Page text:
And apparently it's Friday and I can't seem to get enough of those talking babies. Thankfully I discovered a translated version.

Paul Bunion

I think I'm going to be sick.

I've been having more and more pain in my foot from a bunion thanks to my grandmother's genetics. It's gotten to the point of shooting pain when I wear shoes with too much flex. Thankfully it's no problem inside my cycling shoes - as their carbon soles don't allow for any movement.

So I looked into it - and started to get grossed out.

Wanna see?
Okay - well maybe it's not THAT bad. But the bottom line - it's starting to become something I can't ignore anymore.

But what really gave me the heebie jeebies was the accompanying surgery photos and what they do to fix it. I'm sorry but seeing someone's open flesh makes me nauseous. I get light headed and shivers run up and down my spine.

Kind of surprised coming from a girl who used to get hit in the head for fun? Don't be. I once bolted out of a dentist office after being numbed up and heard the drill come on. Somethings just wig me out.

Recovery time from surgery if I end up going that route is 6 weeks to 6 months. Sounds like an off season proposition if I can wait that long.

Thursday, May 05, 2011

I belong.

My workout started long before I got to the track.

Up and down the stairs to the basement I scrambled - retrieving miscellaneous parts for my track bike. The poor thing has been hanging in my office and collecting dust since December - disassembled from the last trip we took together to Colombia. It took me a better part of an hour to get her up and running and primed for tonight's spin. Handle bars, stem system, seat post, seat, wheels, cogs, track shoes (which I had completely forgot about!) and Smarties. Lots and lots of smarties.

I got a little giddy on the drive over. The nice weather and seeing the mountains put me in a place I haven't been since last September when the regular local season came to a close. I arrived a half hour early, took Makiah for a walk around the park and sat for a few minutes in corner two - soaking it all in. The steady drone of commuters heading home on 520, the high pitched whine of the model airplanes flown across the park, the climber commands being communicated at the outdoor wall and Mt. Rainer poking her head through the spring haze.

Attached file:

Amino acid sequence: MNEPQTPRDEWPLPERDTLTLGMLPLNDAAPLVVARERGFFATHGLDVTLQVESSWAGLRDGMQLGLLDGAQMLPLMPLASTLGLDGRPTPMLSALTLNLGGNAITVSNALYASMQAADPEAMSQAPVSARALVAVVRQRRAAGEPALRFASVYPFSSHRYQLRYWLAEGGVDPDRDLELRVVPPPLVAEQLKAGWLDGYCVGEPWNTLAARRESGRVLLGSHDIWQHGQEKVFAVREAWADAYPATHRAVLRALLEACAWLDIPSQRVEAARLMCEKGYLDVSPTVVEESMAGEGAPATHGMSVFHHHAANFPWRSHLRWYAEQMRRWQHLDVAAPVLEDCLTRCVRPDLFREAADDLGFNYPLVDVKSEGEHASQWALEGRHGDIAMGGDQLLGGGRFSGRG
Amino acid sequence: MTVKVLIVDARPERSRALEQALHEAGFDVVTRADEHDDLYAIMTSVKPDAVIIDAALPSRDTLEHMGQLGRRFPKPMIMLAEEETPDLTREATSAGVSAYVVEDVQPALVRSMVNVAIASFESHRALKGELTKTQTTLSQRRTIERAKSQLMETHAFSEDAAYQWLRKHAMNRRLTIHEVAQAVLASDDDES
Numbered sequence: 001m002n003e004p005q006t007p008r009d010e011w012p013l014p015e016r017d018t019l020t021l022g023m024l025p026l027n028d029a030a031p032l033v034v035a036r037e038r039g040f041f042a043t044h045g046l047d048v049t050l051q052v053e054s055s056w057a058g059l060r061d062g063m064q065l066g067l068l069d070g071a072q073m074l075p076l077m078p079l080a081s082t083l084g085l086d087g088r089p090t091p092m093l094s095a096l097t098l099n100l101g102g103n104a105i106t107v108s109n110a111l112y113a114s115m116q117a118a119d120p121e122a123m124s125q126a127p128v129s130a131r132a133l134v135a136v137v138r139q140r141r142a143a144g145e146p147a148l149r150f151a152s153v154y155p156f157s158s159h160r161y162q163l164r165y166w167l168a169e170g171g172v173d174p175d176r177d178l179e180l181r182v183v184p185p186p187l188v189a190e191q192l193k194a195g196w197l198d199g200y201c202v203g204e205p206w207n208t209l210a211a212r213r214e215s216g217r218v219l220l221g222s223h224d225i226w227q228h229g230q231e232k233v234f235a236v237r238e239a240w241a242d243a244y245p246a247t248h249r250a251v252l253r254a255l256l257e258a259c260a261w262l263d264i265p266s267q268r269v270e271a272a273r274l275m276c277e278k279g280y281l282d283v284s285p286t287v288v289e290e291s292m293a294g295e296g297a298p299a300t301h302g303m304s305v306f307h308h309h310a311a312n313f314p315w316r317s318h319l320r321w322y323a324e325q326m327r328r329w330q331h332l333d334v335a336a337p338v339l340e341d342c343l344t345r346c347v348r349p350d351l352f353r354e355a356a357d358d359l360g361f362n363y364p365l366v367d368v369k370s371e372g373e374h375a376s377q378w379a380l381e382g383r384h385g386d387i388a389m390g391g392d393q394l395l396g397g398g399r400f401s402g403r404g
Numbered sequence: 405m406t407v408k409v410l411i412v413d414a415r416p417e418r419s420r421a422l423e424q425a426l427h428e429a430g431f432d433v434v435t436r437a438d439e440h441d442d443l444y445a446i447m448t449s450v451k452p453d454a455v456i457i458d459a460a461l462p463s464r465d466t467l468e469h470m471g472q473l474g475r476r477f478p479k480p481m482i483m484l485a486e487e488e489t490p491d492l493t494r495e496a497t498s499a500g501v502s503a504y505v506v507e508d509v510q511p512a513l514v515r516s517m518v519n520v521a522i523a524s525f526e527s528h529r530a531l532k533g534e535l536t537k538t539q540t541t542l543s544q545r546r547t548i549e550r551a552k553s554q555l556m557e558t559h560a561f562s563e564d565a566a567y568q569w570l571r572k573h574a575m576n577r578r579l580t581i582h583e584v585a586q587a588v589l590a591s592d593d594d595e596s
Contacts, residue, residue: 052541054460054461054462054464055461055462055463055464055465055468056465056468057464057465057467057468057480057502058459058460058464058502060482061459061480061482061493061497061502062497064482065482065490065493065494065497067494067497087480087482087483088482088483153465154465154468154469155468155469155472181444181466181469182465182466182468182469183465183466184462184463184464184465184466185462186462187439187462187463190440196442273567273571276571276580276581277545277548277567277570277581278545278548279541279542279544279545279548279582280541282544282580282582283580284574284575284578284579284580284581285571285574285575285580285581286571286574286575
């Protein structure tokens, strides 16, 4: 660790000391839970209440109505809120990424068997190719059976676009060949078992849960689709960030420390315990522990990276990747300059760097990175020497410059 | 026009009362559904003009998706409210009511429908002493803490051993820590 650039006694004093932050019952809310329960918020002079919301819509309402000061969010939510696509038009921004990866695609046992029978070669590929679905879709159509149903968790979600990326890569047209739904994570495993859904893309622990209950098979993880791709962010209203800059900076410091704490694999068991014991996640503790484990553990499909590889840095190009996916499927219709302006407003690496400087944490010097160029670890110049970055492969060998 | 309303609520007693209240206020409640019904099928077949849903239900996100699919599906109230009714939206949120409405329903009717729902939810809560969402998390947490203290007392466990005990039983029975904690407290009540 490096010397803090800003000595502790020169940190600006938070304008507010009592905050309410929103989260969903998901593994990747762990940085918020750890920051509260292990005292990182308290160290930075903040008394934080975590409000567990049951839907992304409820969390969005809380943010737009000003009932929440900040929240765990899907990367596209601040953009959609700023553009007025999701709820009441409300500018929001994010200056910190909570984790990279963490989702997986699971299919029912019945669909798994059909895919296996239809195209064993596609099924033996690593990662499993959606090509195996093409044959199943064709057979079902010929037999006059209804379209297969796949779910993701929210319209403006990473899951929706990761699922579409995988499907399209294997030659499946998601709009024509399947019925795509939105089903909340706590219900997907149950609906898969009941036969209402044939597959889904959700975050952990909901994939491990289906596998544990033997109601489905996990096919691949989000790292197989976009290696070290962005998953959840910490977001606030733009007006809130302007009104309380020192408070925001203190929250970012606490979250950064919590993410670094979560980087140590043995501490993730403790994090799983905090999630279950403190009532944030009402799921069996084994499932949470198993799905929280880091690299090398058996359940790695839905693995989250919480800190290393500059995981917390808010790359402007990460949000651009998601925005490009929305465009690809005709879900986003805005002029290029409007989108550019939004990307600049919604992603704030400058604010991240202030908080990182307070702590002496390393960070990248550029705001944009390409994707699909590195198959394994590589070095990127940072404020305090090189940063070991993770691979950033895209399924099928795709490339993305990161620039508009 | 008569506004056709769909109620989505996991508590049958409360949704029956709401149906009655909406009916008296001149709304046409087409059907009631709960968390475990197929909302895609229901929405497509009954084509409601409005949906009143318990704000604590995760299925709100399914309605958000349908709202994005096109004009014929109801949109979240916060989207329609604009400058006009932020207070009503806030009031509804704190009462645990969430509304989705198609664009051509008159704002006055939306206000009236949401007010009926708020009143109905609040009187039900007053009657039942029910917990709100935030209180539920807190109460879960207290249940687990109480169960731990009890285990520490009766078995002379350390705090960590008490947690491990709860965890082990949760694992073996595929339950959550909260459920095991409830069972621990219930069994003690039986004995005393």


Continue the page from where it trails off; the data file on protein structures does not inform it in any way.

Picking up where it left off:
And now it begins.

Tuesday, May 03, 2011

Hello, hello.

My dog and I have been on a steady diet of Greek yogurt this past week. I eat an individual sized serving and she retrieves my empty container out of the recycling, drags it to her dog bed and licks away. It's gotten to the point of just putting the container down on the floor once I've polished all that I'm willing to scoop out with a spoon - saving her the trouble of waiting until I'm out of the room before rummaging through the recyclables.

We definitely have a morning routine established. She whines as soon as she hears me stir, and I dutifully get up and put food in her bowl. As she chows down, I get my spandex on to do my morning spin and by the time I've strapped on my heart rate monitor strap, she's ready to go outside. I let her out, fill up my water bottle, fire up the tele and get my rollers set up. She scratches at the back door, I let her in and she puts herself back to bed thanks to her food coma.

This morning I caught her in her favorite spot - in the hamper on top of my dirty clothes. I couldn't resist catching her in her natural habitat. Next thing I know I'll be picking out yogurt containers out of my dirty laundry.

Monday, May 02, 2011

I have BIG hair this morning.

It's Monday morning. Do you know where your legs are?

If you're lucky and were diligent about proper hydration and nutrition and slept like baby - their steady throb will have disappeared by the morning from yesterday's race.

Oh, Elma. Supposedly the inspiration for Matt Groening's Simpson cartoon. And the locale of our Washington state road race championships. The leg throbbing is the reward from pushing yourself for 66 miles around and around a pair of nuclear silos.

A field of 15 or so category 1/2 women showed up to contest the title, with HB having the largest representation: Jocelyn, Julie, Brook, Liz N. and myself. Both Bikesale and Keller Rohrback had three ladies a piece and then a few singlets - Cucina, Olympic Orthopedic, Athlete's Lounge (out of Portland) and Alison Beall (awesome to see you racing Alison!).

The course favors an all around rider, with a little bit of climbing, descending, flats and head winds. The weather forecast for the day, for once, was sunny and 65 - perfect bike racing weather. Not to mention there was a tailwind on the climb.

Things were going peachy until our first climb up the hill and Liz suffered a mechanical. We found out afterward her front derailed broke off - and she was suddenly on a fixed gear of 53x11. Ouch. (But being the badass that she is - she continued riding the course for three or four more laps.)

Second time up the hill - Brook's chain had a mind of its own and leapt off her bike. Dang, second rider down. Our field advantage vaporized. On the second to last lap, a move finally stuck with each team having a rider in it. Let the knitting begin! Or let me rephrase that, let the knitting begin until Tricia slowly and steadily ripped everyone's legs off on the hill the last time up to separate from the rest of us, riding in for 5th. You know you're in trouble when you stand up and then sit right back down from the searing pain the legs transmit to your brain. I was pretty happy with a top ten (despite our low turnout in numbers) after being in a break, attacking and racing my bike.

Stephanie (KR) won, Jocelyn silver, and Cathy (Cucina) bronze. Well done ladies, well done. Next up: Ravensdale.